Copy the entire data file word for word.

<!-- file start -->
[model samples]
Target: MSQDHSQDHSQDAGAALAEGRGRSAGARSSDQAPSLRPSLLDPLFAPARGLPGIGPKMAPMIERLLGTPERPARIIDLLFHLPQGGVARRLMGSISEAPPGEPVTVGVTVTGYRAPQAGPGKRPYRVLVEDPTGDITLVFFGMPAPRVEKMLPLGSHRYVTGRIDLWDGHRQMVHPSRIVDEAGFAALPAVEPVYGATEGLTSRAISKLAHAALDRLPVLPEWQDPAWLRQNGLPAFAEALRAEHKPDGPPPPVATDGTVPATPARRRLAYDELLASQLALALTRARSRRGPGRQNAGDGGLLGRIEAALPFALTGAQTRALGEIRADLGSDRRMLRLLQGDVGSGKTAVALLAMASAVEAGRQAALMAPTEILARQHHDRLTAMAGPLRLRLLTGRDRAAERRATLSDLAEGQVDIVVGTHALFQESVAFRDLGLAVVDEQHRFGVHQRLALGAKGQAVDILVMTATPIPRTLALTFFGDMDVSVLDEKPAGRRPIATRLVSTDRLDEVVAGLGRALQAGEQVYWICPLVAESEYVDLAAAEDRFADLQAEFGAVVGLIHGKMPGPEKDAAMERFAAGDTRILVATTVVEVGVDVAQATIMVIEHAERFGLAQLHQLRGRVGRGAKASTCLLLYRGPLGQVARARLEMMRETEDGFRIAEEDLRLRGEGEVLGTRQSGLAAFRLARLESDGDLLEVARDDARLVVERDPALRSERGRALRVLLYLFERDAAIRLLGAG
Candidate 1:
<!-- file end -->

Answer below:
[model samples]
Target: MSQDHSQDHSQDAGAALAEGRGRSAGARSSDQAPSLRPSLLDPLFAPARGLPGIGPKMAPMIERLLGTPERPARIIDLLFHLPQGGVARRLMGSISEAPPGEPVTVGVTVTGYRAPQAGPGKRPYRVLVEDPTGDITLVFFGMPAPRVEKMLPLGSHRYVTGRIDLWDGHRQMVHPSRIVDEAGFAALPAVEPVYGATEGLTSRAISKLAHAALDRLPVLPEWQDPAWLRQNGLPAFAEALRAEHKPDGPPPPVATDGTVPATPARRRLAYDELLASQLALALTRARSRRGPGRQNAGDGGLLGRIEAALPFALTGAQTRALGEIRADLGSDRRMLRLLQGDVGSGKTAVALLAMASAVEAGRQAALMAPTEILARQHHDRLTAMAGPLRLRLLTGRDRAAERRATLSDLAEGQVDIVVGTHALFQESVAFRDLGLAVVDEQHRFGVHQRLALGAKGQAVDILVMTATPIPRTLALTFFGDMDVSVLDEKPAGRRPIATRLVSTDRLDEVVAGLGRALQAGEQVYWICPLVAESEYVDLAAAEDRFADLQAEFGAVVGLIHGKMPGPEKDAAMERFAAGDTRILVATTVVEVGVDVAQATIMVIEHAERFGLAQLHQLRGRVGRGAKASTCLLLYRGPLGQVARARLEMMRETEDGFRIAEEDLRLRGEGEVLGTRQSGLAAFRLARLESDGDLLEVARDDARLVVERDPALRSERGRALRVLLYLFERDAAIRLLGAG
Candidate 1: